To understand this piece of content, you must be familiar with the most important problems of the income statement and the balance sheet.
You have to accept the fact that accounting is not meant to help investors but to calculate taxes. Therefore accounting numbers are easily manipulated, and any multiple based on these reports is misleading and dangerous.
We have a whole article about proving these points; please, if you haven’t already, read it here:
Just to recap things:
- Accounting treats shareholders’ equity as free money (distorts earnings)
- Accounting treats two identical investment decisions differently (distorts earnings)
- Accounting provides ample room for management to play with certain items (distorts cash flow)
- P/E, P/FCF, P/EBITDA, P/BV, ROI, and ROIC are also badly distorted, thus not suitable to base serious investment decisions on them
- Even the PRICE component in the commonly used multiples leads to distortions because of differences in capital structures (distorts all multiples using the P component)
- Earnings growth can be high and still lead to shareholder value destruction (Not all growth is good)
We have a lot of data from accounting that we can use, but NOT in the raw form accountants and quarterly reports show them.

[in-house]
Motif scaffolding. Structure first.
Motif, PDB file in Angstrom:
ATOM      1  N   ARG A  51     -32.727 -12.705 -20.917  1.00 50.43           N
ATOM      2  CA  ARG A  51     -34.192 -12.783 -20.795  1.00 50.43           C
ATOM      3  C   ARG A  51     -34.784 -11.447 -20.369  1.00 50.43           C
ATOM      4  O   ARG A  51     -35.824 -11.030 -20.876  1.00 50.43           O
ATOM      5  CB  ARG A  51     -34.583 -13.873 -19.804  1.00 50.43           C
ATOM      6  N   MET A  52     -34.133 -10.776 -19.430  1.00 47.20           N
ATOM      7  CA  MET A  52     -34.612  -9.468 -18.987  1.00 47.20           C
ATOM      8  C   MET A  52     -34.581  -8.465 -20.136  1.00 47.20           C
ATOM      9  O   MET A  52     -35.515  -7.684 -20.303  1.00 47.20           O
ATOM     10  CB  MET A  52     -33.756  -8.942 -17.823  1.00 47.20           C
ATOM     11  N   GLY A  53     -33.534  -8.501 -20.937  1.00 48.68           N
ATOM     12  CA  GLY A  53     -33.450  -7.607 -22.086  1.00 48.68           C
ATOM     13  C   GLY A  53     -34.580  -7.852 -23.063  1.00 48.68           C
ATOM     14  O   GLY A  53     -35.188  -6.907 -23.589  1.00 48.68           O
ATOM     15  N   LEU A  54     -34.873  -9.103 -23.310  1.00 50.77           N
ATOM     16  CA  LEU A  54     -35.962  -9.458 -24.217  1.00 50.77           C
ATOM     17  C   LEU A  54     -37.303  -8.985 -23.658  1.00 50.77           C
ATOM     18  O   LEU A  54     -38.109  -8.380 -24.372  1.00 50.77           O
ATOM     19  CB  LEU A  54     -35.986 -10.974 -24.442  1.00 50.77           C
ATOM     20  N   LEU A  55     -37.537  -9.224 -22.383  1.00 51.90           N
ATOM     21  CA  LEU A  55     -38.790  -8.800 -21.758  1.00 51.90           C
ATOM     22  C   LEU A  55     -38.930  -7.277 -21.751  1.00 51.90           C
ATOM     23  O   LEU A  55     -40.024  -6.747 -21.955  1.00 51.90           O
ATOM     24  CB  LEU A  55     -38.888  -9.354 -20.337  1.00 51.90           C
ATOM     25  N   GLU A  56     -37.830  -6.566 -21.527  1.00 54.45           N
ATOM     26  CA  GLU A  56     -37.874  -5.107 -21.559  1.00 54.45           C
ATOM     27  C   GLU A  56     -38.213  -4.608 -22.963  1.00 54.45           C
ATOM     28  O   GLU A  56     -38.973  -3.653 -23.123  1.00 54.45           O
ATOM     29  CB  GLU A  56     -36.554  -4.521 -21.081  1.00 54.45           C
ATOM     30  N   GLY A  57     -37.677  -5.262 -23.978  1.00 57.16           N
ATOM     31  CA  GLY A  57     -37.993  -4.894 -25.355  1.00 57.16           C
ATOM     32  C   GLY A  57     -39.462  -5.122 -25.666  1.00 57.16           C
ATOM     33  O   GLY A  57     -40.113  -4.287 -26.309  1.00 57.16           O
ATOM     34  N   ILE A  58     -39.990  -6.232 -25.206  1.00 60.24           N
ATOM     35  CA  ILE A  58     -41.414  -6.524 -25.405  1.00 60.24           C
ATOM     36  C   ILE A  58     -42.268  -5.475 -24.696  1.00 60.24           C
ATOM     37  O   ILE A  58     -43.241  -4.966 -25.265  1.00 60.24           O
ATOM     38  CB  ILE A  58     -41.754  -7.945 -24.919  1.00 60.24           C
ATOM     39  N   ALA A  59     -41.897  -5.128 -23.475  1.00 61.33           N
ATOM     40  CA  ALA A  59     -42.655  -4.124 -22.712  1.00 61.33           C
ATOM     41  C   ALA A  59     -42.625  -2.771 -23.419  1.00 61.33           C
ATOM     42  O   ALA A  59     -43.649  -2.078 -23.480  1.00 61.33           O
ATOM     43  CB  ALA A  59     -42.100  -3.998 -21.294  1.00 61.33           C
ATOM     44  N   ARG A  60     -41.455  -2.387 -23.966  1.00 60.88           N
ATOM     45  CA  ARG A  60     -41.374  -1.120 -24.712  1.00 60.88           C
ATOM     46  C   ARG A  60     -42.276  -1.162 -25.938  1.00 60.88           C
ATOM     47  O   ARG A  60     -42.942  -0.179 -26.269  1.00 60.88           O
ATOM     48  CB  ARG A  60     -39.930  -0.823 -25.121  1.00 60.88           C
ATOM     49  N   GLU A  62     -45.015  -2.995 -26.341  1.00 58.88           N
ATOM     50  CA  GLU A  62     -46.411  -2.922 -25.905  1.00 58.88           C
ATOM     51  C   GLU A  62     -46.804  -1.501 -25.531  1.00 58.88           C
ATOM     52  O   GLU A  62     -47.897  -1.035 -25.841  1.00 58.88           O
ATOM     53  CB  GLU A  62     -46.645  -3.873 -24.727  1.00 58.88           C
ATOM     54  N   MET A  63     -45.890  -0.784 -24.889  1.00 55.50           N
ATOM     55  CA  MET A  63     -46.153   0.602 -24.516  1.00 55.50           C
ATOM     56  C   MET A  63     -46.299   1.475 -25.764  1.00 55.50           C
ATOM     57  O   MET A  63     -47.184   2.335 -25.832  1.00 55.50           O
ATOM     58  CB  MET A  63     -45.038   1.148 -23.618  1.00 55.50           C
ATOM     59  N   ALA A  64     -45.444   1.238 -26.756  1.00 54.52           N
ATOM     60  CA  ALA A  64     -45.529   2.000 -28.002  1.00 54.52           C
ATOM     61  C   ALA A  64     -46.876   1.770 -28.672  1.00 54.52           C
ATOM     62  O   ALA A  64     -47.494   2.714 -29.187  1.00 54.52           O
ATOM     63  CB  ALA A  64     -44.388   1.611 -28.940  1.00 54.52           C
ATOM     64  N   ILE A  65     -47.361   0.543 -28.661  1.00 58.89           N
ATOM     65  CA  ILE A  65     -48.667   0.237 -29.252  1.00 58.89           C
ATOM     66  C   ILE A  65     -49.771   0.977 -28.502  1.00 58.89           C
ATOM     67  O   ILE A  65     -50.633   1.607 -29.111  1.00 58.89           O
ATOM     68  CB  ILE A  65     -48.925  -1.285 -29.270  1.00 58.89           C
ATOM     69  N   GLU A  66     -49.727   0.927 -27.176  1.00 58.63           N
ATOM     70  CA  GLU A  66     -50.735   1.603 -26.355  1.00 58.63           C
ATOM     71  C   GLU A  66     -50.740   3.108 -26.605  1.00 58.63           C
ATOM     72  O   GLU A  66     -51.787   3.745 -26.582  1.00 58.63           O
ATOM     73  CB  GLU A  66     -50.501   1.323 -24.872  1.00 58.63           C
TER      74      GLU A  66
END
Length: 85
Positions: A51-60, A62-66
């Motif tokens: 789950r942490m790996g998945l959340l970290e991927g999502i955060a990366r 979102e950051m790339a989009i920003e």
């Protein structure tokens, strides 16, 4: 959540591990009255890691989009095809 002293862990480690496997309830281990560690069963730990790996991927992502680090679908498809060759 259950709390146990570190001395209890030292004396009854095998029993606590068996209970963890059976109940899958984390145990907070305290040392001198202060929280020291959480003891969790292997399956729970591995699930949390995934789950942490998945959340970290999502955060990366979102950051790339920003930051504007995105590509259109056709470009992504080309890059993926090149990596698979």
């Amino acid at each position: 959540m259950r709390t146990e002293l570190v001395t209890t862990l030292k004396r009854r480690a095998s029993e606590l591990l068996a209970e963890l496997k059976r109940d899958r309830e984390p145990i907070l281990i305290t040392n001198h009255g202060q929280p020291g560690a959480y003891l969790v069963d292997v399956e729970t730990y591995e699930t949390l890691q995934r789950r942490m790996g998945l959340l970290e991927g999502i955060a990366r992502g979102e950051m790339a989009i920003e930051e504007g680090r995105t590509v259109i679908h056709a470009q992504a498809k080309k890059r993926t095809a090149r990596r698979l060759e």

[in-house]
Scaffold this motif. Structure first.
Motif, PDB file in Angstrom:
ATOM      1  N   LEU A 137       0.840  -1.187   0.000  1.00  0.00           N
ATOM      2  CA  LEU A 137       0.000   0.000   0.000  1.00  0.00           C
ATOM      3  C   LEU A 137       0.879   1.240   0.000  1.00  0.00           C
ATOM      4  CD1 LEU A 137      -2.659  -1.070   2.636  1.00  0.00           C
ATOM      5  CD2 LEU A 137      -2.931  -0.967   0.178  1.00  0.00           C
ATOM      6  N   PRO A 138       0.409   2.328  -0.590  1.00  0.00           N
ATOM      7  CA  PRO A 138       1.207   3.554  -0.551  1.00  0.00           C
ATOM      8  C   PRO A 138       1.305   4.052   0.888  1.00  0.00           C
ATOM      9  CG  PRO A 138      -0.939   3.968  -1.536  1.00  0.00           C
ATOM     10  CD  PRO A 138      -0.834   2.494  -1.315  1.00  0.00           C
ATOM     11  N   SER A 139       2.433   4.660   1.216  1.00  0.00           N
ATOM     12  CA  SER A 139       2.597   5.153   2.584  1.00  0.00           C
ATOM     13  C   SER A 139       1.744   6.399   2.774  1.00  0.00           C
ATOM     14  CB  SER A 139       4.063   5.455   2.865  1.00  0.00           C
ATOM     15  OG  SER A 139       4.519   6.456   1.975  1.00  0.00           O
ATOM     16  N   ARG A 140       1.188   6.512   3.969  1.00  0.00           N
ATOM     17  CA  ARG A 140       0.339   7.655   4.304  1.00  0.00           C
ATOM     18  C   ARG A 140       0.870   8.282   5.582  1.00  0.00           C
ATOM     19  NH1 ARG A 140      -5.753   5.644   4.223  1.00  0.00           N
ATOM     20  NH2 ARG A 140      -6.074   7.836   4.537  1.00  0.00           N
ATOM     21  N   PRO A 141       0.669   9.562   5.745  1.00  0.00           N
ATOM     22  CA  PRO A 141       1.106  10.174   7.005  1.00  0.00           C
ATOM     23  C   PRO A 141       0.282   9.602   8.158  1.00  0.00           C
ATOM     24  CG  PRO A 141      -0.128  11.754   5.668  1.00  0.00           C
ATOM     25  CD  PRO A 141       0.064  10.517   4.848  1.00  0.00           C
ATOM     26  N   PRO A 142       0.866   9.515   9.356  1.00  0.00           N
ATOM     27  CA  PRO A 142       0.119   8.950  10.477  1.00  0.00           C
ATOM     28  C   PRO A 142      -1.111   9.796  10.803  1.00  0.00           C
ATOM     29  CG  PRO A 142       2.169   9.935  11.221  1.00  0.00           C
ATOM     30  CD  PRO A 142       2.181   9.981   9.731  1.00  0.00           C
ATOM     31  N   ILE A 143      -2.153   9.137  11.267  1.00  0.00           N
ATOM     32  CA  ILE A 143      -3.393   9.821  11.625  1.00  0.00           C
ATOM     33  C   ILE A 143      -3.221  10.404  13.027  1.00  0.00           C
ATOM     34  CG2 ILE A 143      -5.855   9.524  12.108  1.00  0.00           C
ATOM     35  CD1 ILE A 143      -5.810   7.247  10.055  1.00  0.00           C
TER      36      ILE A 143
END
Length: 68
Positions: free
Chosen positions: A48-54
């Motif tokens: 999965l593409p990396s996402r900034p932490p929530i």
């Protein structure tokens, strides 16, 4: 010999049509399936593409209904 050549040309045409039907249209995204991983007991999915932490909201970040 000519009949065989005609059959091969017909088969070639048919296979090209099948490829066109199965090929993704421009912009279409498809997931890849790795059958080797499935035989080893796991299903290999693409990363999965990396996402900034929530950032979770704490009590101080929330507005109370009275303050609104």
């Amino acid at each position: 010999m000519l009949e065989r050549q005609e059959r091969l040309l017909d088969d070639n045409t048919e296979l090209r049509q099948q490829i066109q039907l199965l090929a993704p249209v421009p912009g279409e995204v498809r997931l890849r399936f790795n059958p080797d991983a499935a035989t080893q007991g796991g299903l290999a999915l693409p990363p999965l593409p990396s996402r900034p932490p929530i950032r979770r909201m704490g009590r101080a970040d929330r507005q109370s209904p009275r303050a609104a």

As Warren Buffett wrote to Berkshire shareholders:
“Managers and investors alike must understand that accounting numbers are the beginning, not the end, of business valuation.”
The financial statements you can readily access should only be the starting point of your business analysis. Thoughtful investors have a lot of work to remedy these serious accounting distortions.
This is also crucial because today, with all the data at our fingertips, everyone is using the same multiples from the same websites, so it has become almost impossible to find an edge when valuing companies.
But those investors who can remedy these distortions and therefore come up with better fair value estimates are gaining an enormous advantage.
Let’s see how…
Where the TRUE profits are made
Since I put down my managing director position and sold my firm, I kept devouring books to explore every possible evidence-based way of wealth building and to get better and more confident investing my money.
After reading hundreds and hundreds of books on investing, in 2018, I came across a life-changing book while traveling to compete at IRONMAN Barcelona.
It was Best‑Practice EVA by Bennett Stewart and was so hard to read that I literally suffered through the 300 pages.
Still, it felt obvious that Stewart’s message about EVA (Economic Value Added), which is the true profit a business makes after several adjustments to its misleading financial statements, makes a ton of sense.
The main goal of EVA is to show you whether a company is creating value by earning more than its true cost of capital or not. (Surprisingly, about half of the publicly traded companies belong to the latter group.)
In the quest to discover this, addressing all the distortions of GAAP accounting one by one is inevitable. The EVA framework does just that.
EVA is the real value the company created in a particular year after addressing all accounting distortions. It’s not an accounting term, and you won’t find it on the income statement or the quarterly reports.